If you’ve been around yachting a while, certainly Bob Roscioli’s name is familiar. He’s been a fixture in the industry for more than five decades. Among his accomplishments: acquiring rights to the Donzi sportfishing brand name nearly 30 years ago, and building the boats in Bradenton, Florida. He also created Roscioli Yachting Center, a rigging and repair center as well as a marina in Fort Lauderdale. With more than 70 sportfishing yachts under his belt, Bob Roscioli remains active in the boatbuilding business. He’s currently overseeing two new R76 projects, each for repeat customers. Despite the same dimensions and similar styling, the yachts will serve different purposes.
For instance, one of the customers, from Europe, already has an R80 from Roscioli Donzi. Rather than give her up and step down in size, though, he wants a complementary craft. Specifically, he wants cruising-yacht comforts still within a primarily sportfisherman style. Therefore, his R76 yacht (above) carries the nickname the Med. Walkaround teak decks are one highlight, as is a flying bridge for dining, sunning, and entertaining. Eisenglass panels can enclose the area for air-conditioned comfort. More sunpads await at the bow, as does a recessed seating area. In traditional motoryacht style, this R76 Med further has a dining area and wetbar on the aft deck, nicely shaded, too.
Since the owner anticipates people staying aboard, he requested a master stateroom and VIP cabin below decks. A crew cabin is aboard, too. Friends and family will enjoy 360-degree views up on deck, thanks to the saloon and dining area being open to the galley fully forward.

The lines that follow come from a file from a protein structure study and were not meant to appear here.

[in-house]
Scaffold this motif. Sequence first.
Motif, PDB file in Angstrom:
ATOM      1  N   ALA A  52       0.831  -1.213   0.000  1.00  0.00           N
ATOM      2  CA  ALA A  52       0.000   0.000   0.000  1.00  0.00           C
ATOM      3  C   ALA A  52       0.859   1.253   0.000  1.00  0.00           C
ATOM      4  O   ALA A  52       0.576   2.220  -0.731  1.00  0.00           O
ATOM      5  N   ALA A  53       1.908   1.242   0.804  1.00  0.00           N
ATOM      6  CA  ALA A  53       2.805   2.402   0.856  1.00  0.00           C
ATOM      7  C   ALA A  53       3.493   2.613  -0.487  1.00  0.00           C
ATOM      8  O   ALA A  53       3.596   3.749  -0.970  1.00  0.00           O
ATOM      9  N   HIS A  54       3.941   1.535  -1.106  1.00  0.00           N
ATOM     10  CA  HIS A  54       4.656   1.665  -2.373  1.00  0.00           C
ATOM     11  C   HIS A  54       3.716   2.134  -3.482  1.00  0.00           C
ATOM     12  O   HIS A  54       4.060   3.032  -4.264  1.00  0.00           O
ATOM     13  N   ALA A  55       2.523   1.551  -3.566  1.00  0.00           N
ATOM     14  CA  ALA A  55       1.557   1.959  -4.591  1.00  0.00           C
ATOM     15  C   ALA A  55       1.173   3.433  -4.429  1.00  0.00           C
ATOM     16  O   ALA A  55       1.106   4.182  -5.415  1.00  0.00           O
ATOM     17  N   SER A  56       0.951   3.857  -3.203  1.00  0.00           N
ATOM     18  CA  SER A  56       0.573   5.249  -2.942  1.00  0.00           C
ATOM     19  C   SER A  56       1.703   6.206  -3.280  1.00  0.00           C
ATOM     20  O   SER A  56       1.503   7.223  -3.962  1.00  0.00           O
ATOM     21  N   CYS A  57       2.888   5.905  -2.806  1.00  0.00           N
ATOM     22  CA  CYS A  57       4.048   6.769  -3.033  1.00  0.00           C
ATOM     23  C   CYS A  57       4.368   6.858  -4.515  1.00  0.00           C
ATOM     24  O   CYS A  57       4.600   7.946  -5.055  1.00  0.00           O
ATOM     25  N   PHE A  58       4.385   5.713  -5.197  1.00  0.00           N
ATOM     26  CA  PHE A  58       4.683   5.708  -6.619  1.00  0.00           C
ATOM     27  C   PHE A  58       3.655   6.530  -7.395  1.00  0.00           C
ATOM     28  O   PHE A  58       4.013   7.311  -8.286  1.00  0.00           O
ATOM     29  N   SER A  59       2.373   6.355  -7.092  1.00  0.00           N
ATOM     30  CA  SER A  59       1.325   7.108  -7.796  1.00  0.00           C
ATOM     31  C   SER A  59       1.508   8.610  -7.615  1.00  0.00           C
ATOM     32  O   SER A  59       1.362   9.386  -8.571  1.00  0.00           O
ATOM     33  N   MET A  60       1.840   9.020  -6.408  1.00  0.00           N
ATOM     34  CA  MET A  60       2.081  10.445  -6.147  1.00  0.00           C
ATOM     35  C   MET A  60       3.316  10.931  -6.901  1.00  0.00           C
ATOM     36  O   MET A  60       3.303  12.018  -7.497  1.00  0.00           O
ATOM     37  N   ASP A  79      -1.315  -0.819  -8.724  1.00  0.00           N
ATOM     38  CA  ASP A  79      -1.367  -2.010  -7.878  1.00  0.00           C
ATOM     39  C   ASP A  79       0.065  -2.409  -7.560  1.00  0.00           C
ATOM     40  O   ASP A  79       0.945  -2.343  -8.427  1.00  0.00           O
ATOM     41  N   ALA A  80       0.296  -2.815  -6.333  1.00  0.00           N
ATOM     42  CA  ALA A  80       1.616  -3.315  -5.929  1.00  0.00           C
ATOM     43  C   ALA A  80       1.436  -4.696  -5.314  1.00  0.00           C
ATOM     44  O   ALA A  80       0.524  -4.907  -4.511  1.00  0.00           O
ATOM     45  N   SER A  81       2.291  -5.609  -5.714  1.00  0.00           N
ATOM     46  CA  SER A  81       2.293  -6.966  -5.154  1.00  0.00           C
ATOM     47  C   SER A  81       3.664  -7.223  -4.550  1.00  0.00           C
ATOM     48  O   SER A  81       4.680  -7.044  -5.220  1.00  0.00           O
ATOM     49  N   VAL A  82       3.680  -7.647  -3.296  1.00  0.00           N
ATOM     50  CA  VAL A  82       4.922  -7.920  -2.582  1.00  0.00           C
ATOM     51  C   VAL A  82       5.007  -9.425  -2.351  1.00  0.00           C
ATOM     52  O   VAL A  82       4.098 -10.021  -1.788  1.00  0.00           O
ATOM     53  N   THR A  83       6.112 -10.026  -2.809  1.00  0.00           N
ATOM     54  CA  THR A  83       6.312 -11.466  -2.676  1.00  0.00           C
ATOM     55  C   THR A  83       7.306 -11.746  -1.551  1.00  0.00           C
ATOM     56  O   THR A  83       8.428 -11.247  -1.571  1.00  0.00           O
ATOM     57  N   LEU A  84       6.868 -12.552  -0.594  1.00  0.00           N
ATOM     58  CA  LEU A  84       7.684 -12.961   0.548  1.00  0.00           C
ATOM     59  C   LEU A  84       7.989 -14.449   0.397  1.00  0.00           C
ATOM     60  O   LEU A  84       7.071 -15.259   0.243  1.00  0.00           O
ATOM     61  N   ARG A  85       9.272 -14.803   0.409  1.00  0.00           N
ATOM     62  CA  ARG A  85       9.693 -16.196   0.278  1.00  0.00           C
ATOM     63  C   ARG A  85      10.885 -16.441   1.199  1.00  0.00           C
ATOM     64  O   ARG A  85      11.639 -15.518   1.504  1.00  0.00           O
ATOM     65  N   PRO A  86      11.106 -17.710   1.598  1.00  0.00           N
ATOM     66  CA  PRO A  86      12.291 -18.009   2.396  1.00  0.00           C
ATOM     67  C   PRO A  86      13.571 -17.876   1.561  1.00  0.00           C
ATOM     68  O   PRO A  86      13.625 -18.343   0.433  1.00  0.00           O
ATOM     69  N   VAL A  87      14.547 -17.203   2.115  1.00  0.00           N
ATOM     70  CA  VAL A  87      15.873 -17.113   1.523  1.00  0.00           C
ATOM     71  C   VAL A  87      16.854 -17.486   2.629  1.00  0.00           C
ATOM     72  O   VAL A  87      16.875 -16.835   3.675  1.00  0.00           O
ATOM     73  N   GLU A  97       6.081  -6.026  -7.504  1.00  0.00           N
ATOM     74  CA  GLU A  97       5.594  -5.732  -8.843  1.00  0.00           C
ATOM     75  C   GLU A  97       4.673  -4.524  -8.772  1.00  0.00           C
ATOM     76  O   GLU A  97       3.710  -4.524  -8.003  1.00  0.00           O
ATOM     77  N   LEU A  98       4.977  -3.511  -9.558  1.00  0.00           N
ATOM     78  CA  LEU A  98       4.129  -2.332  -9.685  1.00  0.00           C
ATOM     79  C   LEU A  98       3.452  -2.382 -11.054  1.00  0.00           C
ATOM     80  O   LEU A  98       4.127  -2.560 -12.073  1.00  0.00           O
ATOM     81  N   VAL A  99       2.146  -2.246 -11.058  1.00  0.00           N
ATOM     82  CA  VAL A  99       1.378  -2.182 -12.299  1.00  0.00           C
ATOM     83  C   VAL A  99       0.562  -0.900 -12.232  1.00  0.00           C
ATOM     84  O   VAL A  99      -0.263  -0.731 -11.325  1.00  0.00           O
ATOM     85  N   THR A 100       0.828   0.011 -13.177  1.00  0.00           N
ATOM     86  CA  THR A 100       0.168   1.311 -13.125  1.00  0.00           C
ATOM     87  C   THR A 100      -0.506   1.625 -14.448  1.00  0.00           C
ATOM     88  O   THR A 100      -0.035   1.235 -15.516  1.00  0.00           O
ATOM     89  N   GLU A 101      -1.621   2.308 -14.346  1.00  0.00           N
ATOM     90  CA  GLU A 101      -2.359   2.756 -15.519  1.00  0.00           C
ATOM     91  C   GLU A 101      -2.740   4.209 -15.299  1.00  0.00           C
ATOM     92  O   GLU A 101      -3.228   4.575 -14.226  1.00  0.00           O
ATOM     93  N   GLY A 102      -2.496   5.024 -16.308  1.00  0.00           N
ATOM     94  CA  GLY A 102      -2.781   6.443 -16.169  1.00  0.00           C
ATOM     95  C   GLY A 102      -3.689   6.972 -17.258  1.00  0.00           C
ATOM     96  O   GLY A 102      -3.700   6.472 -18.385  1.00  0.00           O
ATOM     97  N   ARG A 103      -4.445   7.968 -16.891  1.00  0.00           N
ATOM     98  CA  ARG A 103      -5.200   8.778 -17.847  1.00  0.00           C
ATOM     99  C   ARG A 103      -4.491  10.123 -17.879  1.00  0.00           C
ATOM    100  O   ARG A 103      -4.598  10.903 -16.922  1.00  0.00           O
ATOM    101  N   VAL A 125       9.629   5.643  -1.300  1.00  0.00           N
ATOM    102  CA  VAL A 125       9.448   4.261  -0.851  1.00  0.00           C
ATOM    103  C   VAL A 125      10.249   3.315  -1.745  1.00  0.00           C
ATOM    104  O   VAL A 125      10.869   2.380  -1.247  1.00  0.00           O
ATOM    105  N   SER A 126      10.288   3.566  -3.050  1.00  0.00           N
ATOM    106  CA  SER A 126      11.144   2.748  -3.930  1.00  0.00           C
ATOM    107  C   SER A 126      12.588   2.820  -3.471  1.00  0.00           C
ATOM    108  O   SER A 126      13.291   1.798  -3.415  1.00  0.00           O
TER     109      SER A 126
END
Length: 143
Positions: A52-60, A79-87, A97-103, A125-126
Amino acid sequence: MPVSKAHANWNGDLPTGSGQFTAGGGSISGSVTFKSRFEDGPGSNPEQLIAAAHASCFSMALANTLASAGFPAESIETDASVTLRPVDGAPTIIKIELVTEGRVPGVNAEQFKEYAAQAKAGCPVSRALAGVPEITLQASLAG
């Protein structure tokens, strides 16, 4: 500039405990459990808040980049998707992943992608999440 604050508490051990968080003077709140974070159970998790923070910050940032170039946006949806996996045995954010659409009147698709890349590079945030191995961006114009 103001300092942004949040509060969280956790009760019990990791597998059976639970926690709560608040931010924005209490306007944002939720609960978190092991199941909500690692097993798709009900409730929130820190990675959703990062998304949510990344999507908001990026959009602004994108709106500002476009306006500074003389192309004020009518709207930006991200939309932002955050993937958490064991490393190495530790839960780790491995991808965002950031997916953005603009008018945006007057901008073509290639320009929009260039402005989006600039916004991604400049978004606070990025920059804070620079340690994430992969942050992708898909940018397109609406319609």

While she’s decidedly cruise-oriented, the other R76 yacht (above) is fully focused on fishing. The owner is an avid angler who was heavily involved in the build of an R58 three years ago. He walked through full-scale mockups as much for his benefit as his wife’s. Because the couple plans even more, longer fishing and fun trips with loved ones, the new project suits their needs.
Among their requests are a Release Marine Battle Saddle fighting chair and a handful of livewells. Lest we forget, a 500-pound-per-day Eskimo icemaker should get plenty of use, too. Interestingly, the owner may run the yacht without crew on occasion. “It’s nice to have the option of having a captain onboard when you want or need him,” Bob Roscioli says, explaining berths will accommodate a captain and mate. Their quarters match the decor standards for the master and forward VIP, especially nice if friends or family use the cabin instead.
Whether a captain or the owner runs the yacht, this R76 puts the controls on the flying bridge. A mezzanine level is the perfect place for cheering on a catch on the line. The catch of the day can become the perfect dinner when it’s time to retire inside, where again there’s an open floorplan.
Despite their different purposes, these two R76 yachts both have MTU power. The builder anticipates each cruising at 33 knots and topping out upwards of 36 knots. Their 5’4” (1.65-meter) draft means shallows will be accessible as well. In terms of space, the two have the same 19’6” (nearly 6-meter) beam.
Roscioli Donzi Yachts donziyachts.com